It's common for a page or app to have unsubmitted analytics or other data at the
time a user closes it. To prevent data loss, some sites use a synchronous call
XMLHttpRequest() to keep the page or app open until its data is passed to
the server. Not only are there better ways to save data, but this technique creates
a bad user experience by delaying closing of the page for up to several seconds.
This practice needs to change, and browsers are responding. The
specification is already slated for deprecation and
removal. Chrome 80 takes the first
step by disallowing synchronous calls inside several event handlers,
they are fired in the dismissal. WebKit also recently landed a commit implementing
the same behavior change.
In this article I'll briefly describe options for those who need time to update
their sites and outline the alternatives to
Chrome does not simply want to pull the plug on
XMLHttpRequest(), which is why a few
temporary opt-out options are available. For sites on the internet, an origin
With this, you add an origin-specific token to your page headers that enables
XMLHttpRequest() calls. This option ends shortly before Chrome 89
ships, sometime in March 2021. Enterprise Chrome customers can also
AllowSyncXHRInPageDismissal policy flag, which ends at the same time.
Regardless of how you send data back to the server, it's best to avoid waiting
until page unload to send all the data at once. Aside from creating a bad user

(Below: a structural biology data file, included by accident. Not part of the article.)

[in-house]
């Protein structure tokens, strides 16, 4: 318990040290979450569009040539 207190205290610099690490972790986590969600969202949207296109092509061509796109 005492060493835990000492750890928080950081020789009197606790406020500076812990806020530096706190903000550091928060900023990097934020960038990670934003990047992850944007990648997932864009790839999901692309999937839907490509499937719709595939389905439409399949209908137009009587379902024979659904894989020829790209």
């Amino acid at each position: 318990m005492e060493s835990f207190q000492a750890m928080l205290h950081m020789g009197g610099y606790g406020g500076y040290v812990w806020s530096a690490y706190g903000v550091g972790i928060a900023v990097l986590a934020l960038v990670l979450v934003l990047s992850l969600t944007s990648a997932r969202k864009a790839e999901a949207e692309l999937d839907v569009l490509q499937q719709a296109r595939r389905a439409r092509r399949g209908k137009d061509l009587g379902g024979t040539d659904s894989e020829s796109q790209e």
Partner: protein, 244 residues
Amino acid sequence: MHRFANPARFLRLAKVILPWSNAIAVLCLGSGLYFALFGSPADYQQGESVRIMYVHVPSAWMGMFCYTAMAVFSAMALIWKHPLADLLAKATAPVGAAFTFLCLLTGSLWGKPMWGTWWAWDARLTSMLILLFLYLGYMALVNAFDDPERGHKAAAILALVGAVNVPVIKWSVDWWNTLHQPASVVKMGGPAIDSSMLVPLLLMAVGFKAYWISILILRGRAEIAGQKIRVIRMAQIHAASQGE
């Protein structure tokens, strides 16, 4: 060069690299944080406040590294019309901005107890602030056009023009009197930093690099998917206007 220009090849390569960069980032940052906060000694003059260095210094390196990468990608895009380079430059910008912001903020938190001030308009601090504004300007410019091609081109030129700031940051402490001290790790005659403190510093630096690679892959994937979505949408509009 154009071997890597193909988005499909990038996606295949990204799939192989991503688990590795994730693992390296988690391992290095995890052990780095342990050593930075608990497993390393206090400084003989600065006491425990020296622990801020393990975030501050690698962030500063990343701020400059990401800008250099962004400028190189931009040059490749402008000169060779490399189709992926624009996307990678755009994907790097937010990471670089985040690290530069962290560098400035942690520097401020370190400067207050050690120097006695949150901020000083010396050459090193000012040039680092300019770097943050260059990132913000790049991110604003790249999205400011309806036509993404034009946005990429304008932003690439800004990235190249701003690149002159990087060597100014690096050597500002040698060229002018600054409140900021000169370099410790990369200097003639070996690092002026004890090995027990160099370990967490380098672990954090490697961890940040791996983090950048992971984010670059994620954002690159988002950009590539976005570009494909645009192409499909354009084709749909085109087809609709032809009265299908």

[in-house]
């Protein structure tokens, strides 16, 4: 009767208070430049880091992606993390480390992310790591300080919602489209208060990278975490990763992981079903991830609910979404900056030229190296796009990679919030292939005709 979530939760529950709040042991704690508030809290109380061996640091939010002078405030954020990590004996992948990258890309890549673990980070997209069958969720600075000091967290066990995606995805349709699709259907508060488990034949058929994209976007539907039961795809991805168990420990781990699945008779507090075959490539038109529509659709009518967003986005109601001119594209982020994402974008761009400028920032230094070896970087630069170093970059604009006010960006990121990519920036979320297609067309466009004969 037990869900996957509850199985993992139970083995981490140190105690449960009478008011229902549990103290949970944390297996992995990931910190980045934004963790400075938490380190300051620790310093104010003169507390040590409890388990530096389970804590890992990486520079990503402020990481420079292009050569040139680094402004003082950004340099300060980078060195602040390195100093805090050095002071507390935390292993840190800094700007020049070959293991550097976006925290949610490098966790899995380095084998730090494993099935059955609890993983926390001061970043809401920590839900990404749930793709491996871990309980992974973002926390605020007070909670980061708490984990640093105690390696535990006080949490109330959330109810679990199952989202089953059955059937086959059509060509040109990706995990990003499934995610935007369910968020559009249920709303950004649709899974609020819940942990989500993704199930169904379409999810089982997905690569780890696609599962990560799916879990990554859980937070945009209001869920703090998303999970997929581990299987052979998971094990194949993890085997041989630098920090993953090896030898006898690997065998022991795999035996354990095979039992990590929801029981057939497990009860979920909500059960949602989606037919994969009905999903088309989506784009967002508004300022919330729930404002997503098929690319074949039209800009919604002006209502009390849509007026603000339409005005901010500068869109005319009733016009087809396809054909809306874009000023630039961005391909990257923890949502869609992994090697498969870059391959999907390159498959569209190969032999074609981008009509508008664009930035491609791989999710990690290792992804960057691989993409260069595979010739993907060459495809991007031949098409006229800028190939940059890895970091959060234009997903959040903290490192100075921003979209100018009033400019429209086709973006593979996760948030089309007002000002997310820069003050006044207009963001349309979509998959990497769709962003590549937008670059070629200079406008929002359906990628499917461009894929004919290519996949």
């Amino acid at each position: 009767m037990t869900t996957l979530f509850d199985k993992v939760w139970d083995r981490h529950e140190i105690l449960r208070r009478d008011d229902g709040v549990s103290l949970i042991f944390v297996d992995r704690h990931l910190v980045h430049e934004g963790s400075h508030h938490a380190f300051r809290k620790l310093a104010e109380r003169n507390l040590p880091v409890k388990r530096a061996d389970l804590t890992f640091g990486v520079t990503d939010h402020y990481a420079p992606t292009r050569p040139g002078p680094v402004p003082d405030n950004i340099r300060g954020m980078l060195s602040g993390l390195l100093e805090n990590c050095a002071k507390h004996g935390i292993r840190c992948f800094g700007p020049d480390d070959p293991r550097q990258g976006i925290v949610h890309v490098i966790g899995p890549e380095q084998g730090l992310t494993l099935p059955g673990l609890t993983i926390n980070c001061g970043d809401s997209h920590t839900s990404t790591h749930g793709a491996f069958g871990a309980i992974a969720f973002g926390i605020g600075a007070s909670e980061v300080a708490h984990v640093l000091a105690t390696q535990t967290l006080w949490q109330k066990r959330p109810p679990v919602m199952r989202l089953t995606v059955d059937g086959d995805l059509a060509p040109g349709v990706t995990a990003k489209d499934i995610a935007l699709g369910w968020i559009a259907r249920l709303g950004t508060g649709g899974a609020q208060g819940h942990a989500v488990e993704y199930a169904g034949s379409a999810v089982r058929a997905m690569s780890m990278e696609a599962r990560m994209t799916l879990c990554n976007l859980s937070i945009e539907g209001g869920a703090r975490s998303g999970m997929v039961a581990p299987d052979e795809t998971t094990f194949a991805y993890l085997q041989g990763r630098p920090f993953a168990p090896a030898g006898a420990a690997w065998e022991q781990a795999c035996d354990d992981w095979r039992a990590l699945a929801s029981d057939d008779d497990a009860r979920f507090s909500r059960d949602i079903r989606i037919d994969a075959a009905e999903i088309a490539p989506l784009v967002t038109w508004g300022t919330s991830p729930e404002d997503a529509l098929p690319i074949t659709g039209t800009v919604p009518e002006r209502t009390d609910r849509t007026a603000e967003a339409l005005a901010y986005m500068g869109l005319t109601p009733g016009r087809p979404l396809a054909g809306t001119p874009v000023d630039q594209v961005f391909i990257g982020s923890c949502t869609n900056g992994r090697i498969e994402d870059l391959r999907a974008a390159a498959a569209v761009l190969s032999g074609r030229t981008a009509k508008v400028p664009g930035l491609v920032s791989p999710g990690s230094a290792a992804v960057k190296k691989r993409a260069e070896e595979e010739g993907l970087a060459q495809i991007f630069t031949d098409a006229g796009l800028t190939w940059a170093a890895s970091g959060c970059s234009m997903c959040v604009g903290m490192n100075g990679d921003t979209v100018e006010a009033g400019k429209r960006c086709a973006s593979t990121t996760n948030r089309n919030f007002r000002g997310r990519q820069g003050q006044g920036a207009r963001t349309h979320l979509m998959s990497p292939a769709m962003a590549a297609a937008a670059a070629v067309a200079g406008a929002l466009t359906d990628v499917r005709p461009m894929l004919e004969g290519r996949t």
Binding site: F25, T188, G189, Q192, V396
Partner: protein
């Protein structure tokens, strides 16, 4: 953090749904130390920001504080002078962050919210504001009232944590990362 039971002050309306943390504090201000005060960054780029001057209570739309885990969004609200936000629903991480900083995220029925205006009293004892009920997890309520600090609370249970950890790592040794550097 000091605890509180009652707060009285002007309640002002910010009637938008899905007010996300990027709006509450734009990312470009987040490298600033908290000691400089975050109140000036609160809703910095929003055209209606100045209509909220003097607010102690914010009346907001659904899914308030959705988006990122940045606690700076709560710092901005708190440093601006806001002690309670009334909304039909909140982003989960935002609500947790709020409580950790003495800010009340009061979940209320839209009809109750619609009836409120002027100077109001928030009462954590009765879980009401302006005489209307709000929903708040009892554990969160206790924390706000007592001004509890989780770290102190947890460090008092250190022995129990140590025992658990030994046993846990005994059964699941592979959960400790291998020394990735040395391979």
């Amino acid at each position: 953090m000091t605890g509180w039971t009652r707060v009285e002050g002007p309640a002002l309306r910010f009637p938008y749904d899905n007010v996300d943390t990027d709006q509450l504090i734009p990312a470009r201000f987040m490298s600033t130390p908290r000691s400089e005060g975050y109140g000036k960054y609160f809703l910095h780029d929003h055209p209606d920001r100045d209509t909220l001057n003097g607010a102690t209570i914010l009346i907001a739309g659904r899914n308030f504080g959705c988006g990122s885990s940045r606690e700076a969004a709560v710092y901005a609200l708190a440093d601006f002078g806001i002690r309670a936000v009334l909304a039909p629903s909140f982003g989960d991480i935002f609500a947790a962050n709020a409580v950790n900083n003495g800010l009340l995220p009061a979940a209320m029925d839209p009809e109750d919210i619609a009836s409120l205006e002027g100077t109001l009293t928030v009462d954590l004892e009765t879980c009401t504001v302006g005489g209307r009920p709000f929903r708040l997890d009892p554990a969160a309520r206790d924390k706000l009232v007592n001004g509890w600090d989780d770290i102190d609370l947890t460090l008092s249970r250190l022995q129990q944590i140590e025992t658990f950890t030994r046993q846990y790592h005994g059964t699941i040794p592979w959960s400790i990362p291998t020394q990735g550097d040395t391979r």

experience, unload is unreliable on modern browsers and risks data loss if
something goes wrong. Specifically, unload events often don't fire on mobile
because there are many ways to
tab or browser on mobile operating systems without the
unload event firing.
XMLHttpRequest(), using small payloads was a choice. Now it's a
requirement. Both of its alternatives have an upload limit of 64 KB per
context, as required by the specification.
The Fetch API
provides a robust means of dealing with server interactions and a consistent
interface for use across different
platform APIs. Among its options is
keepalive, which ensures that a request
continues whether or not the page that made it stays open:
fetch() method has the advantage of greater control over what's sent to
the server. What I don't show in the example is that
fetch() also returns a
promise that resolves with a
Response object. Since I'm trying to get out of the
way of the page's unloading, I chose not to do anything with it.
actually uses the Fetch API under the hood, which is why it has the same
64 KB payload limitation and why it also ensures that a request continues
after a page unload. Its primary advantage is its simplicity. It lets you
submit your data with a single line of code:
With the increased availability of
XMLHttpRequest() will hopefully be removed
from the web platform at some point. Browser vendors agree it should be removed, but it will
take time. Deprecating one of its worst use cases is a first step that improves
the user experience for everyone.